New Music Sounds Good… indeed it does

By Stella Joseph-Jarecki

On a rainy evening in November, down an alleyway off Sydney road, a concert of new Australian music was presented at Tempo Rubato, under the banner of New Music Sounds Good. Tempo Rubato is a new chamber music venue complete with a bar and a fabulously industrial, no-frills, appropriately Brunswick vibe. It was my first time attending the venue, and its black box theatre atmosphere created a clean backdrop for all kinds of music.

The minimalist surrounds of Tempo Rubato, before the lights are dimmed.

The concert was organised by composer Chris Healey, who enlisted a team of collaborators: fellow composers Sam Colcheedas and Luke Severn, and the performing talents of Adam McMillan on piano, Andrew Baird on flute, Luke Severn on cello, and the Invictus String Quartet (Rebecca Wang and Nyssa Sanguansri on violin, Jin Long on viola and Annika Cho on cello).

All of the pieces could be described as ‘new’, with the majority of them being written this year. The oldest piece was the opening number for solo flute, Richard Meale’s Melisande, written in 1998. This piece was performed with elegant and fluid phrasing by Andrew, who managed to craft a story through many fast-paced melismatic passages, and foster moments of dramatic tension.

Flautist Andrew Baird

The second piece was Cello Sonata No. 2 (2019), written by Chris and performed by Adam and Luke.  The lyrical melodic lines of the first movement showcased the dark, caramel-y tone and expansive warmth of Luke’s cello. Adam played with agility and nuance on the piano, and there was great communication between the two musicians. The following three movements provided a contrast in mood, with a lush and filmic second movement, a gently undulating third movement (the interplay between the piano and cello reminding me at times of the rocking of sea waves) and a sprightly, energetic fourth movement with a rousing finale.

Composer and pianist Sam Colcheedas

Next up was Sam Colcheedas’ piece ‘Aromatic Fantasy’ for String Quartet in F Sharp (2019), played by Invictus Quartet. Before the piece was presented, we heard a short summary of its inspiration: memories triggered by scents, which can create a feeling of ‘euphoric nostalgia’. Sam’s bio in the concert program cited musical influences such as Sergei Rachmaninov, Sergei Prokofiev and Erich Korngold. So it made sense that the piece was melodic and stunningly evocative. The quartet produced a wonderful sound and played with disciplined communication.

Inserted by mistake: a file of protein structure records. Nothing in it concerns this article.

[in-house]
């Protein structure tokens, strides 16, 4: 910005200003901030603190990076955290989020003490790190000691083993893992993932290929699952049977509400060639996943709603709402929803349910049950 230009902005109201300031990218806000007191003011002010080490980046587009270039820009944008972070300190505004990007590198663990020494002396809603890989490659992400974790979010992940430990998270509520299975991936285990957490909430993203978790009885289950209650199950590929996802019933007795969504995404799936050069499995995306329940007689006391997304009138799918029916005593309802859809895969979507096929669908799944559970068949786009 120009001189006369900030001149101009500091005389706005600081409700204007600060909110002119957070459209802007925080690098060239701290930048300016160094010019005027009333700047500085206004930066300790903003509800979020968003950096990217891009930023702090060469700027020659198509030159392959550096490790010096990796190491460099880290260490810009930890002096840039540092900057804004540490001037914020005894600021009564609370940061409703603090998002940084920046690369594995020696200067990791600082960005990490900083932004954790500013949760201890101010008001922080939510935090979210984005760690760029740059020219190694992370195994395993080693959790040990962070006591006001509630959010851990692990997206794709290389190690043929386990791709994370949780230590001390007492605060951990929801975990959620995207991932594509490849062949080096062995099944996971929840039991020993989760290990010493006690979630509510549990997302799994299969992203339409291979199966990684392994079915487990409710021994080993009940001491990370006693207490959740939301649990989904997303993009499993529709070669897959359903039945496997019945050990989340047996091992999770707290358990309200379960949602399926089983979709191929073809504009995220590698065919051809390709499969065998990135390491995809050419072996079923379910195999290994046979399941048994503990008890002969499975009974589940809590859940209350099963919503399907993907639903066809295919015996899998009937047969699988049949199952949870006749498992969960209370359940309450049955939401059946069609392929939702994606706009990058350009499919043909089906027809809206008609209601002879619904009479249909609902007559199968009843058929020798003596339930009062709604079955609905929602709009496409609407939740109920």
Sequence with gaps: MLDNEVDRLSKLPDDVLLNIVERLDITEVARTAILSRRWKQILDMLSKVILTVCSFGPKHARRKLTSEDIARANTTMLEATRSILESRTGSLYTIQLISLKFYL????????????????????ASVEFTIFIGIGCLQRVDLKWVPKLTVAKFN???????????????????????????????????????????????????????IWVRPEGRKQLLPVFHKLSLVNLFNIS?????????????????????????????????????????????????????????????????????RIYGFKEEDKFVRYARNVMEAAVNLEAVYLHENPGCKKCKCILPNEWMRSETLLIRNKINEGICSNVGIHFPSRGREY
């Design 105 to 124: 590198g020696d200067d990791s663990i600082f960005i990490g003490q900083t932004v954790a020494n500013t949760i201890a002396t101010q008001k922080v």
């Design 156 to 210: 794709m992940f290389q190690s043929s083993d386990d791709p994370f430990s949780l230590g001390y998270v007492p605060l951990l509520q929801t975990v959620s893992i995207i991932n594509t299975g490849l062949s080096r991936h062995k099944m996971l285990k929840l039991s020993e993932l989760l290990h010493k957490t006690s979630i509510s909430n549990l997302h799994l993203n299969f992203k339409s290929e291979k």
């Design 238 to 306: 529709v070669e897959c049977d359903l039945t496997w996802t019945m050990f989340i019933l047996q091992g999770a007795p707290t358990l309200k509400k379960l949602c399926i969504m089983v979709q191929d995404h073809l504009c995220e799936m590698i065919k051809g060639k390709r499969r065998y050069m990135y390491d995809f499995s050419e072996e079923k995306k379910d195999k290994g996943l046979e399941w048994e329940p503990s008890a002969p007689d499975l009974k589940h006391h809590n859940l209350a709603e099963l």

Invictus Quartet. From left to right: Rebecca Wang, Nyssa Sanguansri, Jin Long, Annika Cho

After a short interval we heard Trio for Flute, Cello and Piano (2019), a second piece composed by Chris (played by Andrew, Luke and Adam). The trio was dedicated to the memory of William Von Witt, a friend of Chris’ who tragically died in an accident. The two movements were entitled The Day’s Long Journey Towards Dusk and Adagio- Towards Peace, with Chris describing the trio as a ‘time-lapse in musical form’. The three musicians were very well balanced as they crafted a range of tonal colours and rhythmic shapes. The final movement played with the agile brightness of the flute contrasted against the stormy darkness of the cello.

Pianist Adam McMillan

The concert concluded with Luke Severn’s piece When the World was Young, for piano and cello. There were moments of quiet tenderness in the piece, as well as more tempestuous and extravagant passages, which called to mind an almost Russian sensibility.

Composer and cellist Luke Severn

It was such an exciting experience to see young musicians play new music by emerging Australian composers. When you hear an instrumentalist play a phrase with sophisticated artistic intent or triumph over a particularly virtuosic passage, it’s fabulous to know the composer is in the audience and that you are witnessing such a fresh collaboration.

I hope more of these concerts take place in the future, and that we hear much more from these composers and musicians.

Composer Chris Healey. Photo credit: Cameron Jamieson Photography

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